Thursday, July 25, 2013

Where Does That River Go?

If you're like me you look at a stream and wonder where it comes from or where it goes. The National Atlas has a new tool called Streamer. Click on a stream and you can trace it up or downstream. Here is the path of Butternut Creek in Charlotte, Michigan to Lake Michigan.
Tracing upstream is much more complicated. You get all the possible tributaries above you. Here's a trace of the Tennessee River near its mouth in Kentucky.
Unlike Streamer, rivers do not care about national boundaries. If you trace the Pend Oreille River downstream from Idaho, you get stuck at the Canadian border in Washington. The river itself only makes a short trip into Canada where it empties into the Columbia and heads right back into Washington but this is not shown in Streamer.
I like a good long windy path like the one made by Cassadaga Creek south of Buffalo. It starts just a few miles from Lake Erie but goes the other way instead.
Or Wyoming's Wind River.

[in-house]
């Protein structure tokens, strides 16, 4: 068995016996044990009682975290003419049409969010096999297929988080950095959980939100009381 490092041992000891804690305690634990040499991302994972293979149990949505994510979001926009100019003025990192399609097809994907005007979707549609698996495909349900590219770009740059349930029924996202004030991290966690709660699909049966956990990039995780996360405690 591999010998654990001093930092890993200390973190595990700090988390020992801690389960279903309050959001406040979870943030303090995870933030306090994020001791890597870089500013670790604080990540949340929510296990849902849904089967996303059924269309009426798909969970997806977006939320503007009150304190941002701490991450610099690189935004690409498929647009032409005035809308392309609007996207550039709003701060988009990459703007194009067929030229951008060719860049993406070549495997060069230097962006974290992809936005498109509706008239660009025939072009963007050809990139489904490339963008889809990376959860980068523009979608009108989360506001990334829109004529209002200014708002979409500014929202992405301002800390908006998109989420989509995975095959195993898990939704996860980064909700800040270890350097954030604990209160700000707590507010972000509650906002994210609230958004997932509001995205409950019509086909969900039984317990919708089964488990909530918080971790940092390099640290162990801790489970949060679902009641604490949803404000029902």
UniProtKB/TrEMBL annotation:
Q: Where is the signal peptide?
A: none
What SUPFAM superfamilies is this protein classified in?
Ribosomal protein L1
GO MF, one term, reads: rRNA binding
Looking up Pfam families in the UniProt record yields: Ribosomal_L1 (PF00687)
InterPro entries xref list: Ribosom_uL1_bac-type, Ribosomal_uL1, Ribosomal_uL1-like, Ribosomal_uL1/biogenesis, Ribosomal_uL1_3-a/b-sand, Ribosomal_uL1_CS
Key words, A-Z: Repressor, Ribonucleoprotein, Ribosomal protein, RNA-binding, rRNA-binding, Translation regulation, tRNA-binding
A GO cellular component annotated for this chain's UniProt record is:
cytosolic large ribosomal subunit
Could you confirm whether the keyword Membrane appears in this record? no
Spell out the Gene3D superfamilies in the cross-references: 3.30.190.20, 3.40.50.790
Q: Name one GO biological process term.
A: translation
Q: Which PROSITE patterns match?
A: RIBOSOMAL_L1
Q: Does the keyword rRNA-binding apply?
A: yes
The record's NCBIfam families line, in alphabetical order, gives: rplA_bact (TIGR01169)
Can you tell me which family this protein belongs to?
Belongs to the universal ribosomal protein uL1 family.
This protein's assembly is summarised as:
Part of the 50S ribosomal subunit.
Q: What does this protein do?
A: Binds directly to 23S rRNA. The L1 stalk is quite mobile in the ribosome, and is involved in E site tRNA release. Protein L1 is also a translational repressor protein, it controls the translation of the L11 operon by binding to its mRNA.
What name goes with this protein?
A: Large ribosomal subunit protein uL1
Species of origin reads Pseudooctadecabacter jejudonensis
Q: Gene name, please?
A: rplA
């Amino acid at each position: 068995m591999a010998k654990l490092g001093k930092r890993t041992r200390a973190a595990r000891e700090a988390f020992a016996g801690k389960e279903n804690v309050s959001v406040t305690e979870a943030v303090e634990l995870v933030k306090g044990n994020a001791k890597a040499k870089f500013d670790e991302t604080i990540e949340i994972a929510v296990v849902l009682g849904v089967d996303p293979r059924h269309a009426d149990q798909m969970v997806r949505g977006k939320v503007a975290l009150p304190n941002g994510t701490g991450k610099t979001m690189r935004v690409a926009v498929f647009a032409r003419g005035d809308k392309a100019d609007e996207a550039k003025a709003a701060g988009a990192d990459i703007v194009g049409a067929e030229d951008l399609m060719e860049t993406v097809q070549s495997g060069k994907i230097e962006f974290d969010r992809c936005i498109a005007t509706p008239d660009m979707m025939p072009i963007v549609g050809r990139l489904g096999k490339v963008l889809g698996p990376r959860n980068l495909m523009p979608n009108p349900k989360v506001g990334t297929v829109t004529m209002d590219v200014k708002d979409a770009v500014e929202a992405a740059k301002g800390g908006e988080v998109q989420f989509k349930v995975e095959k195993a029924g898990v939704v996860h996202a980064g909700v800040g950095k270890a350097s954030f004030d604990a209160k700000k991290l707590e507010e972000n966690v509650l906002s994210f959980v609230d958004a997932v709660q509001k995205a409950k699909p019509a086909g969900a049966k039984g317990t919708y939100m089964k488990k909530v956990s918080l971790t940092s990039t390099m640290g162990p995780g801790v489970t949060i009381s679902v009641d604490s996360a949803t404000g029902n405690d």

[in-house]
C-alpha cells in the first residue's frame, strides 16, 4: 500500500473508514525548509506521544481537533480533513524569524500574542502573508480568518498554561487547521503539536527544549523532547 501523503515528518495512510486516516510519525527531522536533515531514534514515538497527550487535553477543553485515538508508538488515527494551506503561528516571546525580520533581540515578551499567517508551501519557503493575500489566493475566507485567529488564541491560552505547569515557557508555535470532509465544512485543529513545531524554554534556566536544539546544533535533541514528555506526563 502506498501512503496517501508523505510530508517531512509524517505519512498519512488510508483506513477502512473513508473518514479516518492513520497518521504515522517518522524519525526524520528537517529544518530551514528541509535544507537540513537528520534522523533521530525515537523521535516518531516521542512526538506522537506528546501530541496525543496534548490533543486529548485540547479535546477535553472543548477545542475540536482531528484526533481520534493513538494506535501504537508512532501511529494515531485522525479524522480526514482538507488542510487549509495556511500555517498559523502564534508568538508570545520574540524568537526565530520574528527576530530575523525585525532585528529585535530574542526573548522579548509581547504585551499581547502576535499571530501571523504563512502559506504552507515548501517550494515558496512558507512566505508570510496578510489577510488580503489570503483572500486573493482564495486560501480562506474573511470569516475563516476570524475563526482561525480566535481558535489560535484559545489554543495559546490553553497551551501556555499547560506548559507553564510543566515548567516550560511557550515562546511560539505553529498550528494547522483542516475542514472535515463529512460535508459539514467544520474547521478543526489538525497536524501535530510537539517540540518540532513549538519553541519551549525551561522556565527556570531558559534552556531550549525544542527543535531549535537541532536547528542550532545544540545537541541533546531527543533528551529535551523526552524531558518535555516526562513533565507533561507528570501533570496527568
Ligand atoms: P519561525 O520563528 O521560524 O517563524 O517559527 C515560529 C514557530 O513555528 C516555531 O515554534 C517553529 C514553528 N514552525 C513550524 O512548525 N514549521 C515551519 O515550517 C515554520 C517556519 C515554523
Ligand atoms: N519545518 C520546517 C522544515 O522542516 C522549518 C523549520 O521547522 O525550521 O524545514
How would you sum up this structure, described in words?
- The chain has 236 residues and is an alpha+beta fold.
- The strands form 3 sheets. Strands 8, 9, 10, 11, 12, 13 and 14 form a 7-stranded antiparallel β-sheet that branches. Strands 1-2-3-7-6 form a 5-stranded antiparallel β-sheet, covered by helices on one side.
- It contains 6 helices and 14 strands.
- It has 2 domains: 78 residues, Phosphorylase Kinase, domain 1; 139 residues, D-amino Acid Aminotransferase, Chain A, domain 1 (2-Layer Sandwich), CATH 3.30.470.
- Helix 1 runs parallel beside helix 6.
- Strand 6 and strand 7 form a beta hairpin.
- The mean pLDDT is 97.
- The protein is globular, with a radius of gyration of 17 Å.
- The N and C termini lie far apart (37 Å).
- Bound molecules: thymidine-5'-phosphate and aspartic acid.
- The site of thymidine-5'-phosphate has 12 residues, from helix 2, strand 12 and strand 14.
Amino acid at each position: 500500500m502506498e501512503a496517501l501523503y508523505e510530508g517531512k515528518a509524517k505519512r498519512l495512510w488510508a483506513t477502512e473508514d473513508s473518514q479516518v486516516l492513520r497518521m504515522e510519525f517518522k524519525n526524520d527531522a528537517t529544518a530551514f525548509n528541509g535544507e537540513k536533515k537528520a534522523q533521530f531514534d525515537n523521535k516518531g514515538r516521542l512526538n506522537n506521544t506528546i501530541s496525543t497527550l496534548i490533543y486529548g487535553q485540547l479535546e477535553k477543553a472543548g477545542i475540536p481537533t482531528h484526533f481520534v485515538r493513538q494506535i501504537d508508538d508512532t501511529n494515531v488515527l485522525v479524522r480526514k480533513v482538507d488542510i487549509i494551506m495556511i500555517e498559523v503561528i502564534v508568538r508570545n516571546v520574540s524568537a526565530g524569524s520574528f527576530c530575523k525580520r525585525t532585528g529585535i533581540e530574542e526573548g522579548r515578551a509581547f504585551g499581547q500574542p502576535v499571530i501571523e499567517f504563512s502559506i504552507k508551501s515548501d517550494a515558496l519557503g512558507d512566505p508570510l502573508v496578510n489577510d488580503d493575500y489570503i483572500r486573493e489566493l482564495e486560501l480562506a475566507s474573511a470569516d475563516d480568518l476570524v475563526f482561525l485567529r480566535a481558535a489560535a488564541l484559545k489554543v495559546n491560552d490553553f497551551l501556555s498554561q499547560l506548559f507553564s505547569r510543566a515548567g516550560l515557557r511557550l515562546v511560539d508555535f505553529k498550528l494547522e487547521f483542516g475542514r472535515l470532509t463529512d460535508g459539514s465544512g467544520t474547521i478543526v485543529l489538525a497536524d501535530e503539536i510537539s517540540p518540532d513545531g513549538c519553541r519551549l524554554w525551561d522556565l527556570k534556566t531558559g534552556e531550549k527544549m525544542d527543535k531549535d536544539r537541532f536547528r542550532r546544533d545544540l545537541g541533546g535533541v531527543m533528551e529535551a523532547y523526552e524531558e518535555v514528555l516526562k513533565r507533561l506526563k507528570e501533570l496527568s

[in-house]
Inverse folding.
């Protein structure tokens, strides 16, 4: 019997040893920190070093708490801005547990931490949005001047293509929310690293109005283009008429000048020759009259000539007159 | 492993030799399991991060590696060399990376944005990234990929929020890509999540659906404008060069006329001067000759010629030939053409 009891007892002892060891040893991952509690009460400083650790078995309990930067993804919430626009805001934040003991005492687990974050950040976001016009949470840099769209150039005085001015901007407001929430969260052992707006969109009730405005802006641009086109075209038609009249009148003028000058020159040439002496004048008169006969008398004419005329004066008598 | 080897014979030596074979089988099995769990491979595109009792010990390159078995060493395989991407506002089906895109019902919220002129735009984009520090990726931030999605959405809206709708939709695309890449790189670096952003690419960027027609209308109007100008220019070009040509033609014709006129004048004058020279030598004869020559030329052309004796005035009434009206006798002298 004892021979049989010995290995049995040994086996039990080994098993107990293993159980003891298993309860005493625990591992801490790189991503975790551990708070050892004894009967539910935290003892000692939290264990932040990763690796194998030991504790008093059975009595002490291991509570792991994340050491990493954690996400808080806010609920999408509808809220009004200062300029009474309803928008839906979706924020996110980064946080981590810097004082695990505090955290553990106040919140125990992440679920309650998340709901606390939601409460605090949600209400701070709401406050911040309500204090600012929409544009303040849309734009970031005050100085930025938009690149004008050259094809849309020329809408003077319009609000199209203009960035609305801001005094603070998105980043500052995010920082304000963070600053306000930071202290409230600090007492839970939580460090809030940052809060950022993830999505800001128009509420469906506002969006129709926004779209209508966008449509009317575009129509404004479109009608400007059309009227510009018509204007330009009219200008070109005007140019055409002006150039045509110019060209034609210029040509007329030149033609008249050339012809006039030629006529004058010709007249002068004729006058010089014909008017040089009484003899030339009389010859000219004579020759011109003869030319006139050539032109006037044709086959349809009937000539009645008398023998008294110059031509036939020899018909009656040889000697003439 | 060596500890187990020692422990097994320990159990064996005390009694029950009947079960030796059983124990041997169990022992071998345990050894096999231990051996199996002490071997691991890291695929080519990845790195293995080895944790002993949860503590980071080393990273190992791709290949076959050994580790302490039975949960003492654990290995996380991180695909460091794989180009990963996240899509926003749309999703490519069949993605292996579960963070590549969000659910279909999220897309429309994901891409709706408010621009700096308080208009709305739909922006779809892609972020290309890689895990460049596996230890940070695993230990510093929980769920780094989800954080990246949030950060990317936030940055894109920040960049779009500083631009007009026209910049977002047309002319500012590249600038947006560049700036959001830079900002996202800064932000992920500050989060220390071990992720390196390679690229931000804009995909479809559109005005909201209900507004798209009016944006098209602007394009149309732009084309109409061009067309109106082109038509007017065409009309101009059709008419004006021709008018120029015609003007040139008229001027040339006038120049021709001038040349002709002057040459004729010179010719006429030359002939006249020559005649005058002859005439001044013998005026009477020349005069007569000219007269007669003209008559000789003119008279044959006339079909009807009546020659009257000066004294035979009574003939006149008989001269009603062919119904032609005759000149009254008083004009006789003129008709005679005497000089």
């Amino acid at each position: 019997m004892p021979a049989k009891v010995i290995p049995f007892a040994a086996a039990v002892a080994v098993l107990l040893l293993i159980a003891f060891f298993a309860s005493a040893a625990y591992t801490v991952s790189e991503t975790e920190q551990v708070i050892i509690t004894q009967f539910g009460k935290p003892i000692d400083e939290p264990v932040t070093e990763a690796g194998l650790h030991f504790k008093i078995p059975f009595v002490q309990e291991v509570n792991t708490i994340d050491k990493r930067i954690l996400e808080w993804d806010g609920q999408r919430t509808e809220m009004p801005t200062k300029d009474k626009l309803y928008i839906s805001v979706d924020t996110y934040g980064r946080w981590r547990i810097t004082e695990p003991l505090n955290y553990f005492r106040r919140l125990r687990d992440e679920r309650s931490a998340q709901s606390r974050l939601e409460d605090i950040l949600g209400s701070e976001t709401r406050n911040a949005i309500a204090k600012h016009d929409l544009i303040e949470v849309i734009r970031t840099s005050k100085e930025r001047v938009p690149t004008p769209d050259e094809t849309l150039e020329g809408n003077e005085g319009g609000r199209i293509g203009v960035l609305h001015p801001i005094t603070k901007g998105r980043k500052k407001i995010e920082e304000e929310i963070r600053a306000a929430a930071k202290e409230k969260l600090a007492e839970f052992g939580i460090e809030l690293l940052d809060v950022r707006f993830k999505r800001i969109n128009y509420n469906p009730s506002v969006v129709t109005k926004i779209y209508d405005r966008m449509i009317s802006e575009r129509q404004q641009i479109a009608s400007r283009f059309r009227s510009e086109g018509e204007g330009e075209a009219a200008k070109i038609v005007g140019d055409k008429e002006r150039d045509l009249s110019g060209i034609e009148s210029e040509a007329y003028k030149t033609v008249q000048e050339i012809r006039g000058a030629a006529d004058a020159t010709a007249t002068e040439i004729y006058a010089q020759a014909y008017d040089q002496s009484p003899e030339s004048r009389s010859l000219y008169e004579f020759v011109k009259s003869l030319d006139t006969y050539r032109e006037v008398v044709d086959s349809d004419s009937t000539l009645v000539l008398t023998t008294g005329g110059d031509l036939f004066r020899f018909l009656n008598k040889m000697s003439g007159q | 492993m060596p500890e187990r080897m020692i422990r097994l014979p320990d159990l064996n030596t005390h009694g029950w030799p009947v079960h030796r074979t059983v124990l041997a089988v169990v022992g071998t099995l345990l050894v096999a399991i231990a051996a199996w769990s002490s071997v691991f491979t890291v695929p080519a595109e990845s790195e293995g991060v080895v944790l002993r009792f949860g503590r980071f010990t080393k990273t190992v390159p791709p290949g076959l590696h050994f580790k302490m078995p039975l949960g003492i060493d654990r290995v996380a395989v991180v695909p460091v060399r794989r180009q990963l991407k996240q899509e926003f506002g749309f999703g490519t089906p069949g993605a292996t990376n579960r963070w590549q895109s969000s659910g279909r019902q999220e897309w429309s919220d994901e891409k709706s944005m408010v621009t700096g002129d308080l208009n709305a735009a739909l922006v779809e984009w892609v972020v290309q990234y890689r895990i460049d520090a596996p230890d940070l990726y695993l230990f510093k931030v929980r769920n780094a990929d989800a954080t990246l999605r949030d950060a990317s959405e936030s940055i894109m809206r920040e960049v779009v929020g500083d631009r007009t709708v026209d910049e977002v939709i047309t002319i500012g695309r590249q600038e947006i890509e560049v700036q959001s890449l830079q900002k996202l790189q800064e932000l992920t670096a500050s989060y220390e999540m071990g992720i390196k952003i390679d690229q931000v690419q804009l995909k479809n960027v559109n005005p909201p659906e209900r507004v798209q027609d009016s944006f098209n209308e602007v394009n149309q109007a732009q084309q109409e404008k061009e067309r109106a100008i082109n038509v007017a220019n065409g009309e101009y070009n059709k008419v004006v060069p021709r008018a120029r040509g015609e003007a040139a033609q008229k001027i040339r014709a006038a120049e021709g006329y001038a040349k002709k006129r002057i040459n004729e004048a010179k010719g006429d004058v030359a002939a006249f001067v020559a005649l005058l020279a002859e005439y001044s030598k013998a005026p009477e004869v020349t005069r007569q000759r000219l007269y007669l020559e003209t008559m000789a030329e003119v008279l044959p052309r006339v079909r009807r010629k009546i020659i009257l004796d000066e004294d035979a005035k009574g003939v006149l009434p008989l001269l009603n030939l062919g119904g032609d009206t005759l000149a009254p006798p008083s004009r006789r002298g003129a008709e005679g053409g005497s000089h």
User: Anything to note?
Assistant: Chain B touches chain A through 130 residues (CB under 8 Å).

Pick your favorite river (if you have one) and give it a try.


coruscate said...

This is an important example of scale and use match. While a beautiful service, it seems I am interested in every stream or river fork not included in this service BUT I know is part of the same source data. This service is a cool curiosity for me. However,without the larger scale data included it gets as tired as looking for your house on Google Earth really quick. So Bravo for doing it, bravo for the awareness and connection to other places it may give some users, but I am immediately left wanting more that I'm pretty sure I won't get unless I build it myself.

Dug said...

I feel similar in wanting more local streams but I'm still impressed with even this level of detail.